Tuesday, October 16, 2012

Standard Mandolins?

I’ve had a few emails from people wanting to know what’s happening with the Standard mandolins, well… here’s an update for you.
First, the Standard Plus: the body has now been fully French polished and whilst that is hardening off, I’m applying a few coats of Tru-oil to the neck as I want to go for that “speed” neck feel. In all truthfulness, the raw wenge neck has such a wonderfully smooth and hard texture that you could get away with no finish. The wenge with a coat of oil on looks like dark chocolate- good enough to eat! Although, the photo doesn’t do it justice!
 Anyway, my intention was to offer this one up for sale once it had been completed, but it’s already been snapped up and will be off to James in the West Country in a few weeks’ time.
 As far as the standard “Standards” are concerned, number IV has been pre-order by Tristan; this gave him the opportunity to choose the tonewood for the back and sides.  With the current interest in my mandolins, I thought that I’d build three at the same time and so I have been preparing the wood whilst waiting for the glue to dry on John’s and the polish to dry on Sean’s twin-points!
 So what we have here are the three backs; English walnut for the next Standard Plus, figured maple for Tristan’s Standard and Brazilian mahogany for Standard V.
All the soundboards are from some very nice, stiff European spruce. The two Standards have the sound holes bound whilst the Plus has a rosette- this one using walnut in the centre.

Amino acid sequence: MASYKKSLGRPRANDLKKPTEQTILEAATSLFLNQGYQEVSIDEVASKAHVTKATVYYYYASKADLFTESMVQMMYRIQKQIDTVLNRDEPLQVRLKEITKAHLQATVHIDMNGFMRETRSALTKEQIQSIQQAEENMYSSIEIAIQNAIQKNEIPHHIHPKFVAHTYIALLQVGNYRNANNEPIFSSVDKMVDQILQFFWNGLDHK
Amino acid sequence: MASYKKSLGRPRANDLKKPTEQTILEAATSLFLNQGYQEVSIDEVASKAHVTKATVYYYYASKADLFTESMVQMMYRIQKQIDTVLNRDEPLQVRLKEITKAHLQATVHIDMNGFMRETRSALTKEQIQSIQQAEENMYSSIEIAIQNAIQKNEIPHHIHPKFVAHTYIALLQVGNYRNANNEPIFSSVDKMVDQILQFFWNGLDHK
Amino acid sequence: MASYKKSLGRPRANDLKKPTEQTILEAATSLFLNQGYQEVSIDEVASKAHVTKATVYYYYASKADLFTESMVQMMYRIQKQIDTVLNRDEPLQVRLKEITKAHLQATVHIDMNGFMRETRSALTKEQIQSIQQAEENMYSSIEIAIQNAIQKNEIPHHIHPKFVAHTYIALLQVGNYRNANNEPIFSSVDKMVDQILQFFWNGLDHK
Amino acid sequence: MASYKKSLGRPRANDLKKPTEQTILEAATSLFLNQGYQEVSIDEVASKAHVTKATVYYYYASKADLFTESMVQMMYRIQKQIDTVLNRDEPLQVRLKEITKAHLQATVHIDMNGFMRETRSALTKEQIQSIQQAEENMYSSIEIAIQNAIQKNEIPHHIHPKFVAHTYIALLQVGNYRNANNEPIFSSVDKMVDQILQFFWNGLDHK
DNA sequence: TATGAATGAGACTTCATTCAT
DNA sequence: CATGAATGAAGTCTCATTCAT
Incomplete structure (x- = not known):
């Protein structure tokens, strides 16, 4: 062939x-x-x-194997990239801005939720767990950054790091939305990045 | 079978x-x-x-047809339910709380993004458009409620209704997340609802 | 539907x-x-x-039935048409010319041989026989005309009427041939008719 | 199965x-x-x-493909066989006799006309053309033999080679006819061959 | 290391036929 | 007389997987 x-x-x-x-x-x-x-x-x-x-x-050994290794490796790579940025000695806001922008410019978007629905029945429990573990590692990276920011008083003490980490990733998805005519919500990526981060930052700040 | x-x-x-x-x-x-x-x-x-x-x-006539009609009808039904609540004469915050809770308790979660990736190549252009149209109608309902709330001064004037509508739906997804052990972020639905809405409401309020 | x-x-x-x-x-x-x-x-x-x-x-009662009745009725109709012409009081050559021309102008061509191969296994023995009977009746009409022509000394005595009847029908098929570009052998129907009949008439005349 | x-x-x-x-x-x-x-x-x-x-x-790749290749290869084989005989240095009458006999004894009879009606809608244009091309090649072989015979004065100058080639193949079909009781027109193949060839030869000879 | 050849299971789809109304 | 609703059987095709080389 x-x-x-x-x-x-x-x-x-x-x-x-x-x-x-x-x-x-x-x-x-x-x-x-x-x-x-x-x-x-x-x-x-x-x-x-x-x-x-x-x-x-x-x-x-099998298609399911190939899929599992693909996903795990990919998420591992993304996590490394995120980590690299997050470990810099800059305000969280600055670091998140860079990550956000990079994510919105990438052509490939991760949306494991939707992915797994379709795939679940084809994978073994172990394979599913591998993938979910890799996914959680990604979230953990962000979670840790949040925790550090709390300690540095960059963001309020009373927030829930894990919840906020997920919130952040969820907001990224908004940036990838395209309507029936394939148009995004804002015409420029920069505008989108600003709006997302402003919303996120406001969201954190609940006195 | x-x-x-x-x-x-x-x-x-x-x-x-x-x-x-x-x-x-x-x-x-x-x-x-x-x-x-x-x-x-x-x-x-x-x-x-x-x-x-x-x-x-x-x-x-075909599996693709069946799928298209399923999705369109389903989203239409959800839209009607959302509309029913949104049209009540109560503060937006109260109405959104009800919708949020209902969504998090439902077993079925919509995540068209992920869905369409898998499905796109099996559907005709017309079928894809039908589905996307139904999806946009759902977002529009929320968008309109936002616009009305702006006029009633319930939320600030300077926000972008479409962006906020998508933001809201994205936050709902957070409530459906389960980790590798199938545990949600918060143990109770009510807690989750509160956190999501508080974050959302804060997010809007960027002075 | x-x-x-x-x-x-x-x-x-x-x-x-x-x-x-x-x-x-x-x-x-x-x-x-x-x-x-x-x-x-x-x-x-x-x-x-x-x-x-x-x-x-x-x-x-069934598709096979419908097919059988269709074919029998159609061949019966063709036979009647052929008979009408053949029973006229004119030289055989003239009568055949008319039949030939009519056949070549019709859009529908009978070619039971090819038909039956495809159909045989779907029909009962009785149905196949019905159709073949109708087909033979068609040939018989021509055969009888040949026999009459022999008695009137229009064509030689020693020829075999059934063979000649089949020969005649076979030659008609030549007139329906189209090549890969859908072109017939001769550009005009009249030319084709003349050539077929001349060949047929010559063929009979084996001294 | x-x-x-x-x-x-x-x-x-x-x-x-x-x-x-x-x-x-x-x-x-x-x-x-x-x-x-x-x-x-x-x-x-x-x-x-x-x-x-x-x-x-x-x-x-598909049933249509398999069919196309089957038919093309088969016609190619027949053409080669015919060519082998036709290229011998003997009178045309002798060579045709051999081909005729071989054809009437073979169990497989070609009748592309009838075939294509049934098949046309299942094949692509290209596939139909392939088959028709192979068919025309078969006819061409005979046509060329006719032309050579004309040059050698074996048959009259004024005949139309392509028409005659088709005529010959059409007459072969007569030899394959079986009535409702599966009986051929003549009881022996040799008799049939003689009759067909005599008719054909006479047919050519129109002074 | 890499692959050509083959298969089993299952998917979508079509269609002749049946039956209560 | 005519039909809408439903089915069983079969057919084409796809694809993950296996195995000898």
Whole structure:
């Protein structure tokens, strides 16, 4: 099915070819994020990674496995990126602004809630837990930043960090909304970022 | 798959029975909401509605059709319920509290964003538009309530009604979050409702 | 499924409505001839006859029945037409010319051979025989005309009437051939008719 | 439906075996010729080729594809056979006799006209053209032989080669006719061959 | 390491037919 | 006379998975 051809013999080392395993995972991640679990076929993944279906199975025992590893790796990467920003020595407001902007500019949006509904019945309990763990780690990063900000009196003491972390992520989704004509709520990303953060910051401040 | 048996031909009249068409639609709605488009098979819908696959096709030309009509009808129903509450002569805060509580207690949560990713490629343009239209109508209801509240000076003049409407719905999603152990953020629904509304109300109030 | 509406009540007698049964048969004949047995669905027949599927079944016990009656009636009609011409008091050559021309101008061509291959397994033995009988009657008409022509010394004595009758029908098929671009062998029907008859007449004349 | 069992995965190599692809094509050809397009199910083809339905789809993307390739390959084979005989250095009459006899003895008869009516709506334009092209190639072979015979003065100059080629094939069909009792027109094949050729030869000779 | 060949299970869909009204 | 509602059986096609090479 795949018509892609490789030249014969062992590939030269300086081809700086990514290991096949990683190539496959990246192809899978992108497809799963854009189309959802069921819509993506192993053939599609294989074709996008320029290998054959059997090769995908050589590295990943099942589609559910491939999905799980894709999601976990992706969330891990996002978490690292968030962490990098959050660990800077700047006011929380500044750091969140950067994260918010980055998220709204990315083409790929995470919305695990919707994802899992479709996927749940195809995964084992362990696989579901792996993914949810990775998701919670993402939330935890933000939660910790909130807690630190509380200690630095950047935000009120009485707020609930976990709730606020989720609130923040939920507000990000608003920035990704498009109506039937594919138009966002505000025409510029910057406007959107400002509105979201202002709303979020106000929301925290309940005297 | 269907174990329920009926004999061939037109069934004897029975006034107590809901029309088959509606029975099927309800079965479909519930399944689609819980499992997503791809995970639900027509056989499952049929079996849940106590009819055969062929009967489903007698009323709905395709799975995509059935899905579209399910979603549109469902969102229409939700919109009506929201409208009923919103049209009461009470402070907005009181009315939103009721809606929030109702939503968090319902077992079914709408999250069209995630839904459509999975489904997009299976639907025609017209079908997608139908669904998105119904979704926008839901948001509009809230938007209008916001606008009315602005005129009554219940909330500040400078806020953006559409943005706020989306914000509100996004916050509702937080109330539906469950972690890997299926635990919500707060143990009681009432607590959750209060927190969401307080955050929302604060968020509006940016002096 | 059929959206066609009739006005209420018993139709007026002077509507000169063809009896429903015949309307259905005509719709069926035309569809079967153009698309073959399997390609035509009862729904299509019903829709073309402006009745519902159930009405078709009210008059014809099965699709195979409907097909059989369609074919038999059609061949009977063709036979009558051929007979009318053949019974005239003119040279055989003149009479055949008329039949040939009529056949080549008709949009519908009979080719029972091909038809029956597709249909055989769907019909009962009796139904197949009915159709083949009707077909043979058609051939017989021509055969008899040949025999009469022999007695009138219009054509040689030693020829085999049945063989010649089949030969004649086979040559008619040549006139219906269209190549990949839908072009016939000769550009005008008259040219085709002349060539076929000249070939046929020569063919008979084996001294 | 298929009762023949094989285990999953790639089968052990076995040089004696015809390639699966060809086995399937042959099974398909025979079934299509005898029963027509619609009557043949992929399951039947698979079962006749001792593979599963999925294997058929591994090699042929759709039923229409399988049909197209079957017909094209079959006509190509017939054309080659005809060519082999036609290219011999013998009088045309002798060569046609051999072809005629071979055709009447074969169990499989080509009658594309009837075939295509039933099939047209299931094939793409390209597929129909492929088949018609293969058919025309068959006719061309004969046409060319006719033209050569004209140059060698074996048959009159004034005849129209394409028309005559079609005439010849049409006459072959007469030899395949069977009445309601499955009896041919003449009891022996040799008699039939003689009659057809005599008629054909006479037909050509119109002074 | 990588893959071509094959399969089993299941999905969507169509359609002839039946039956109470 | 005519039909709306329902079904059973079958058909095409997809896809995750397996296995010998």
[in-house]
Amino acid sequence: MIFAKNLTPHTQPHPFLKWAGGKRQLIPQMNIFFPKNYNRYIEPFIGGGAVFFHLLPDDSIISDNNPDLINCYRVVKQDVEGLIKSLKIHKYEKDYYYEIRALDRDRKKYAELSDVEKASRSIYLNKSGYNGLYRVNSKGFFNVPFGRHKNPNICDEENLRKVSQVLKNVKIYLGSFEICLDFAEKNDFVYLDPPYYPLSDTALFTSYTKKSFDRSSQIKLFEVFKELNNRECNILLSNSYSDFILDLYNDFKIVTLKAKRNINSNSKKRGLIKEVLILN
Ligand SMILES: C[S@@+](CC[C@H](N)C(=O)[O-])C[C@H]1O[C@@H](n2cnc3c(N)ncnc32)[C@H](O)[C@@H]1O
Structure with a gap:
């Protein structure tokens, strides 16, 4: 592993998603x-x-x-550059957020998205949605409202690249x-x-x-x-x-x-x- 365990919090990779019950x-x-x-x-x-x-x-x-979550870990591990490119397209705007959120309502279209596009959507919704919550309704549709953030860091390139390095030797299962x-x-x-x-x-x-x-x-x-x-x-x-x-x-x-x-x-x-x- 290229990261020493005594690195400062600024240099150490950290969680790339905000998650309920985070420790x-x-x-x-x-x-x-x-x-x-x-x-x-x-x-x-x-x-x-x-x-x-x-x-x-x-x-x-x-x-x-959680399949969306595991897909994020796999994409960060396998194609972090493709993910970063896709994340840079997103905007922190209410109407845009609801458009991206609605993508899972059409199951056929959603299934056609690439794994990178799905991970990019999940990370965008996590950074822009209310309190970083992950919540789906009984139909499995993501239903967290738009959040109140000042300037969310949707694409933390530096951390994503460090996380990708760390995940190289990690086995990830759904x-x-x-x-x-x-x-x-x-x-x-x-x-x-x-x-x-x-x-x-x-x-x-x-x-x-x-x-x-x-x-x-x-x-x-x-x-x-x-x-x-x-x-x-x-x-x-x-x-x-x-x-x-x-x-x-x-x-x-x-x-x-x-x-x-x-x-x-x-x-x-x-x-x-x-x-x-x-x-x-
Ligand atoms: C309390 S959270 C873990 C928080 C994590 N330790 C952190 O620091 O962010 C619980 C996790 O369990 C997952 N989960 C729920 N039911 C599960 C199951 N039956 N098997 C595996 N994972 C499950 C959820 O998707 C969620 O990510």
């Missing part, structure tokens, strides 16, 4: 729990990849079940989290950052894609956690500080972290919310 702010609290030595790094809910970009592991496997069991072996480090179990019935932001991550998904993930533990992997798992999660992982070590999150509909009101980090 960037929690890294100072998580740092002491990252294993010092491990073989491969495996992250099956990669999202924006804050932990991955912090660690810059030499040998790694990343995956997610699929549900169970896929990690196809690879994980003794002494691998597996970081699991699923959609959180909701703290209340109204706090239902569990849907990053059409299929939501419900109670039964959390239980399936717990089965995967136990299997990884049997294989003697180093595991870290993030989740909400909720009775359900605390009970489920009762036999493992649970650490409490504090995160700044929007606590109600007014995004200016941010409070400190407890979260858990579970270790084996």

Prepping three soundboards together brought home to me how much extra time is consumed making a rosette. As you probably know, with the Standard mandolin, I try to save time in order to reduce the cost to the customer; believe it or not this rosette took around three to four hours to do, so whatever your rate of pay, hopefully you can appreciate my rationale.
And as you can see I’ve also been prepping wood for the necks. As always laminated for extra stability, the Standard plus has green and walnut laminations to match the rosette, Tristan’s maple and rosewood to match the body’s tonewoods, and simple black lines for Standard V. By-the-way, the heads haven’t been glued on here.
 Here’s the spliced head going on Tristan’s.
If you’d like one of my standard mandolins you can pre-order by contacting me, via my website. 

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